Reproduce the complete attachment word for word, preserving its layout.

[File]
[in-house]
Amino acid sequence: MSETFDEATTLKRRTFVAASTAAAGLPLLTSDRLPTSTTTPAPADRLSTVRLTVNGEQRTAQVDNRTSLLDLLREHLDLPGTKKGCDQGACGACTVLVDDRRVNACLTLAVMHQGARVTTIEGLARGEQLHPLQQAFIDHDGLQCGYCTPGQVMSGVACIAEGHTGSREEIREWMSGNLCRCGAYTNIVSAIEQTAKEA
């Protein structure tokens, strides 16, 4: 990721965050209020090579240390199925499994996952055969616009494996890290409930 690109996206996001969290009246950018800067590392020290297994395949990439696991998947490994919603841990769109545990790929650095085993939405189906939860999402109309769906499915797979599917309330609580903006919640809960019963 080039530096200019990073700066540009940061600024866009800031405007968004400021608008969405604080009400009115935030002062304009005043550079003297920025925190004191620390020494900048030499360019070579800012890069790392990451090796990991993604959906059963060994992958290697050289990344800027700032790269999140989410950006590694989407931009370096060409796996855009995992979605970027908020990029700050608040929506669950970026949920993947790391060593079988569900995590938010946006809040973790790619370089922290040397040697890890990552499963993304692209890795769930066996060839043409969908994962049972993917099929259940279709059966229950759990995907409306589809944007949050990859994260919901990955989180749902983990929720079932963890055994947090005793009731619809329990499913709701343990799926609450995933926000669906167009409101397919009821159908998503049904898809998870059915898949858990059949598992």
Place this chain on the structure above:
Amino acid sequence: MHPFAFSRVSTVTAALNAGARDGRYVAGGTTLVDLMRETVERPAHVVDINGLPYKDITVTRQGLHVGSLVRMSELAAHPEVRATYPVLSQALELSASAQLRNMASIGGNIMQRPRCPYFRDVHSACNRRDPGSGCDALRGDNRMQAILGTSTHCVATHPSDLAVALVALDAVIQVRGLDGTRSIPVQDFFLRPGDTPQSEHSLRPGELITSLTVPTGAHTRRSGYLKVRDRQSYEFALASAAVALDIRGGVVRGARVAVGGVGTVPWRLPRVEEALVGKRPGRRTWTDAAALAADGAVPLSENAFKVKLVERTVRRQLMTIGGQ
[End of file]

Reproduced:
[in-house]
Amino acid sequence: MSETFDEATTLKRRTFVAASTAAAGLPLLTSDRLPTSTTTPAPADRLSTVRLTVNGEQRTAQVDNRTSLLDLLREHLDLPGTKKGCDQGACGACTVLVDDRRVNACLTLAVMHQGARVTTIEGLARGEQLHPLQQAFIDHDGLQCGYCTPGQVMSGVACIAEGHTGSREEIREWMSGNLCRCGAYTNIVSAIEQTAKEA
């Protein structure tokens, strides 16, 4: 990721965050209020090579240390199925499994996952055969616009494996890290409930 690109996206996001969290009246950018800067590392020290297994395949990439696991998947490994919603841990769109545990790929650095085993939405189906939860999402109309769906499915797979599917309330609580903006919640809960019963 080039530096200019990073700066540009940061600024866009800031405007968004400021608008969405604080009400009115935030002062304009005043550079003297920025925190004191620390020494900048030499360019070579800012890069790392990451090796990991993604959906059963060994992958290697050289990344800027700032790269999140989410950006590694989407931009370096060409796996855009995992979605970027908020990029700050608040929506669950970026949920993947790391060593079988569900995590938010946006809040973790790619370089922290040397040697890890990552499963993304692209890795769930066996060839043409969908994962049972993917099929259940279709059966229950759990995907409306589809944007949050990859994260919901990955989180749902983990929720079932963890055994947090005793009731619809329990499913709701343990799926609450995933926000669906167009409101397919009821159908998503049904898809998870059915898949858990059949598992």
Place this chain on the structure above:
Amino acid sequence: MHPFAFSRVSTVTAALNAGARDGRYVAGGTTLVDLMRETVERPAHVVDINGLPYKDITVTRQGLHVGSLVRMSELAAHPEVRATYPVLSQALELSASAQLRNMASIGGNIMQRPRCPYFRDVHSACNRRDPGSGCDALRGDNRMQAILGTSTHCVATHPSDLAVALVALDAVIQVRGLDGTRSIPVQDFFLRPGDTPQSEHSLRPGELITSLTVPTGAHTRRSGYLKVRDRQSYEFALASAAVALDIRGGVVRGARVAVGGVGTVPWRLPRVEEALVGKRPGRRTWTDAAALAADGAVPLSENAFKVKLVERTVRRQLMTIGGQ